Ford looks to cut 12,000 union 
jobs and 8,000 salaried positions. 



Britain's Prince Harry may face 
charges stemming from smoking 
marijuana and drinking underage. 



3K- 




Kmart, the giant discount retailer, files for Chapter 11 bankruptcy 
protection while it reorganizes its holdings. 



Wendy's founder and spokesman 
Dave Thomas dies at age 69. 




e n d u r i n 



FR 






:dom 



Tuesday, September 11, 2001, will be remembered as a tragic day that 
changed the world. That morning, a plot, masterminded by terrorist Osama 
bin Laden and the al-Qaeda network, was put into action. Two hijacked 
commercial airliners were flown into New York City's World Trade Center 
Towers, ultimately causing their collapse. Immediately following the 
incident, another hijacked airliner crashed into one side of the Pentagon in 
Washington, D.C, and a fourth plane crashed in Pennsylvania. Thousands 
of lives were lost, citizens were terrified and the world was in shock. 

Following that mournful day the United States experienced anthrax 
scares, continued security threats and the reality of war. Despite the horror, 
fear and heartache, U.S. citizens united and their patriotic spirit soared. 
President Bush promised: "We will not tire, we will not falter, we will not 
fail." Through that statement and the remarkable sense of national pride 
exuded by U.S. citizens, it became evident that no threat, great or small, 
could deter the United States resolve for enduring freedom. 




World leaders, such as Prime Minister of 
England Tony Blair, profess their sympathy 
and support for the United States. 




Through his courageous leadership, NYC Mayor 
Rudy Giuliani becomes known as "Mayor of the 
World" and was knighted by Queen Elizabeth. 




In response to the shocking tragedy, President 
George W. Bush addresses the nation offering 
strength, comfort and patriotism. 





Ailing airlines urge citizens to 
defy terrorists' attempts to disrupt 
lives by reboarding airplanes. 



Thousands of people world-wide 
donate blood and volunteer their 
services to aid U.S. recovery. 




1R0 



j-JV> 



Michael Benfante and 
John Cerqueira, 
employees on the 81st 
floor of the World 
Trade Center, selflessly 
carried wheelchair- 
bound Una Hanson 
down 68 flights of 
stairs to safety. 

New York City Fire 
Department Chaplain 
Father Mychal Judge, 
lost his life at Ground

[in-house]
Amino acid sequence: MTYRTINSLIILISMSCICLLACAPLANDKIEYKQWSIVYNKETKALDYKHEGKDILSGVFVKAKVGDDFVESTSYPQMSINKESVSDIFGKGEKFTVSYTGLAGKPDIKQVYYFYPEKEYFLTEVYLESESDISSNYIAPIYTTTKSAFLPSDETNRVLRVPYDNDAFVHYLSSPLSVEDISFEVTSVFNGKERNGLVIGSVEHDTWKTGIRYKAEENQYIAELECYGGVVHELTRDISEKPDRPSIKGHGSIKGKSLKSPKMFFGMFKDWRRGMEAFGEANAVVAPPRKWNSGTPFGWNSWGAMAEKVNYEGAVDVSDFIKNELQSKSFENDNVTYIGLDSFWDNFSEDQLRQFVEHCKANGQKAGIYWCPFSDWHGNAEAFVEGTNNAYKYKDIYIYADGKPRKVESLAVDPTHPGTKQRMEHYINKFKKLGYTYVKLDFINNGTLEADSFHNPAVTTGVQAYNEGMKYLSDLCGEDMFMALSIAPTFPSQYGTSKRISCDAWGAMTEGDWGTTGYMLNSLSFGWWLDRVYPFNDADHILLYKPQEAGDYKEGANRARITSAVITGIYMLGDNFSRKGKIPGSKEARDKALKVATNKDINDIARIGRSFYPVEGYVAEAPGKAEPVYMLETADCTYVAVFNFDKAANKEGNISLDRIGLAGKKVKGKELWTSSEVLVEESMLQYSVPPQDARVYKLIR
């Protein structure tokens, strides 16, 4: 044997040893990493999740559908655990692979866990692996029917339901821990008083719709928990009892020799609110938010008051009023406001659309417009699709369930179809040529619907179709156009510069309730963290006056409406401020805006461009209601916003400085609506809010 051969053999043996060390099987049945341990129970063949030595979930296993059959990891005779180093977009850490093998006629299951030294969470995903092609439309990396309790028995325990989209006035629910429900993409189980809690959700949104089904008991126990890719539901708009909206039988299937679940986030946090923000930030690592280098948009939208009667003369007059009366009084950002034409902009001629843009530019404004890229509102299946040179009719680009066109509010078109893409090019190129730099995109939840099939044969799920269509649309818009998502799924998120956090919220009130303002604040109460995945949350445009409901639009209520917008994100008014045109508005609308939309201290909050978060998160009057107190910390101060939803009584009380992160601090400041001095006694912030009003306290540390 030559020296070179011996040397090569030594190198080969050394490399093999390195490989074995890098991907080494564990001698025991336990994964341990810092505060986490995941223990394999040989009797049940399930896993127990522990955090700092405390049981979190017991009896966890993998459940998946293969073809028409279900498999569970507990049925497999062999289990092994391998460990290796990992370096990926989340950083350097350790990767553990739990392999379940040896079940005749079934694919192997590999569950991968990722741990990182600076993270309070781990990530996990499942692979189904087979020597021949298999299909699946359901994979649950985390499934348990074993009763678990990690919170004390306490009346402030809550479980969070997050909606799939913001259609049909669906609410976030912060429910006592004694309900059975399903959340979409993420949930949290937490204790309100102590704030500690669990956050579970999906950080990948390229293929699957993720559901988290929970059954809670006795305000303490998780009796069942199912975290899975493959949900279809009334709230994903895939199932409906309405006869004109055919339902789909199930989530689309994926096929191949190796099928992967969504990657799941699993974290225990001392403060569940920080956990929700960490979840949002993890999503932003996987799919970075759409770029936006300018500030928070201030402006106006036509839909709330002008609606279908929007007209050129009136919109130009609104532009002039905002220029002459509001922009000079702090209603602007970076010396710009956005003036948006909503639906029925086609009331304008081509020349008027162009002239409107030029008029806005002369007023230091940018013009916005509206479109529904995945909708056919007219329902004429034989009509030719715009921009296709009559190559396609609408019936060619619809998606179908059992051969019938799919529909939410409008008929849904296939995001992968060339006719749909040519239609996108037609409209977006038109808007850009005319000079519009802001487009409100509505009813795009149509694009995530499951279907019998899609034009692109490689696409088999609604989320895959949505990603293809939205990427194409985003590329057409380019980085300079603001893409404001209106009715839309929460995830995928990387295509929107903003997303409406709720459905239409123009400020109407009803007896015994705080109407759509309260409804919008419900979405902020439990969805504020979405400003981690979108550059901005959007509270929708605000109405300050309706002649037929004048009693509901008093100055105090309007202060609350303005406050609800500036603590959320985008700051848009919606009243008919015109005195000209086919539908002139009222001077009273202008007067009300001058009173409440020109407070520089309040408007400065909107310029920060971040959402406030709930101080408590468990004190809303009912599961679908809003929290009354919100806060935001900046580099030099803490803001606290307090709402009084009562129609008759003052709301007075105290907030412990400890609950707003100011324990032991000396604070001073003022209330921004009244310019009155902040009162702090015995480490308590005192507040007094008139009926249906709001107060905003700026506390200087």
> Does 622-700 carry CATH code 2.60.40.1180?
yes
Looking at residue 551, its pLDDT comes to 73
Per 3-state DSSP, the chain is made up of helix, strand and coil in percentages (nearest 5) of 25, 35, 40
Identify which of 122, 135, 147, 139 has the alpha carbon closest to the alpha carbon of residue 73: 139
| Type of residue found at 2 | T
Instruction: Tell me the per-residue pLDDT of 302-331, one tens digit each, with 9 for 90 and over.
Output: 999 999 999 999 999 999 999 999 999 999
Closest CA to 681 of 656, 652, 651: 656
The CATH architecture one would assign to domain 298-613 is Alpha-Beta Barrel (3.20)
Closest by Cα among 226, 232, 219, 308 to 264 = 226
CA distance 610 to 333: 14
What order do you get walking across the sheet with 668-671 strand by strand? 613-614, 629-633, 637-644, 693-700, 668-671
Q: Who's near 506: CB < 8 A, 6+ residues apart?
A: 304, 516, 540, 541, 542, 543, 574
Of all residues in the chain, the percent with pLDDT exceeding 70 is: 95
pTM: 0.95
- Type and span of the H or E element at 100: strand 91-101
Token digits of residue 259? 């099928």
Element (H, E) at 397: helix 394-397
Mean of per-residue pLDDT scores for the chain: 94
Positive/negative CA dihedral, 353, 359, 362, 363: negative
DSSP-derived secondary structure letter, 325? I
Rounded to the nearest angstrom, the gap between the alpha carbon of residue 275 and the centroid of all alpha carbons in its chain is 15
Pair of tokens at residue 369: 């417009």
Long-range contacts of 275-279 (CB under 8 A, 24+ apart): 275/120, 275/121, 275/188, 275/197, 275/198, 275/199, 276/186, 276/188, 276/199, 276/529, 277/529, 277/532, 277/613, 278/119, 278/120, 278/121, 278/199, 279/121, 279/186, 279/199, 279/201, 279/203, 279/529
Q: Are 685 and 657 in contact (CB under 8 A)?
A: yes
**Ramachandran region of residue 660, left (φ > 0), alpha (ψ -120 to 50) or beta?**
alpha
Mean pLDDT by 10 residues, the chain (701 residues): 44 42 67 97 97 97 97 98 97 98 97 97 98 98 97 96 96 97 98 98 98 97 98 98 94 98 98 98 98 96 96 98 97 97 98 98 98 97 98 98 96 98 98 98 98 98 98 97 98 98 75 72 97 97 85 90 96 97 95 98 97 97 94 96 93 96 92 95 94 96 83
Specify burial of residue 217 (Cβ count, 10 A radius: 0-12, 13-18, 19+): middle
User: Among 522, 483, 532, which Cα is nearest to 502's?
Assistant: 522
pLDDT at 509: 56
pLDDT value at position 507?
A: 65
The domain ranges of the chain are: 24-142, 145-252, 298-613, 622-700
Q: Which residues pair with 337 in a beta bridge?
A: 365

Zero while offering 
last rights to another 
victim. 

While attempting to 
rescue others, 343 
firemen and 60 police 
officers died during 
the attack on the Worl 
Trade Center Towers. 

Army Chief Warrant 
Officer Craig Sincock, 
despite losing his wife 
at the Pentagon, offerei 
assistance to those he 
could aid at the scene. 
On Sept. 12, Sincock 
began acting as a grief 
counselor for others 
who had lost family 
members at the site. 

Passengers Todd 
Beamer, Tom Burnett, 
Mark Bingham and 
Jeremy Glick joined 
to overcome hijackers 
aboard Flight 93 that 
crashed in Pennsylvania. 
Beamer's final statement 
"Let's roll," has become 
a symbolic phrase 
since then. 



Canine rescue teams help 
firefighters search for survivors 
among the wreckage. 



U.S. troops dedicate their lives 
to preserving freedom and 
keeping America safe. 



An overwhelming spirit of unity and national pride arises out of the 
smoldering ashes and human devastation from the September 11 
attacks on the United States. 



Citizens and communities 
across the country proudly 
display patriotic decor. . 



t V & 

MOVT 







Actress Julia Roberts wins her 
eighth People's Choice Award for 
favorite motion picture actress. 



Hit movie "Harry Potter and the 
Sorcerer's Stone" breaks box 
office records. 





ABC's "My Wife and Kids" and Damon 
Wayans win People's Choice Awards. 



NBC's "The Weakest Link" puts a 
new edge on quiz show standards. 





Academy Award-winning actor Russell Crowe claims a Golden Globe 
Award and an Academy Award nomination for his performance in "A 
Beautiful Mind." The movie is nominated for five Academy Awards. 



"Shrek" wins an Oscar nomination 
and the People's Choice Award for 
Favorite Motion Picture. 



Jack Lemmon, an Academy and 
Emmy Award-winning actor, dies 
at age 76. 





Professional soccer player Ethan 
Zohn is the $lmillion dollar 
winner of Survivor: Africa. 



In honor of those involved in the events surrounding September 11, Hollywood actors and musicians combine 
efforts to produce "America: A Tribute to Heroes." The benefit, which was aired simultaneously and 
commercial- free by dozens of broadcast and cable networks, raised more than $100 million in donations. 




Stars of the No. 1 rated show "Friends" agree to return for a ninth 
season in 2002-2003. Each cast member received a 33 percent 
salary increase bringing their wages to $1 million dollars per episode. 




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Soap star Kelly Ripa 
replaced Kathy Lee 
Gifford on "Live with 
Regis." 

Box office hit "Lord of 
the Rings: The Fellowshi 
of the Rings" earned 13 
Academy Award 
nominations. 

Actress Winona Ryder 
was arrested for 
allegedly shoplifting 
$5,000 worth of clothinj 
and accessories from 
Saks Fifth Avenue. 

Actors Kelsey Grammer 
and Ray Romano tied 
for favorite male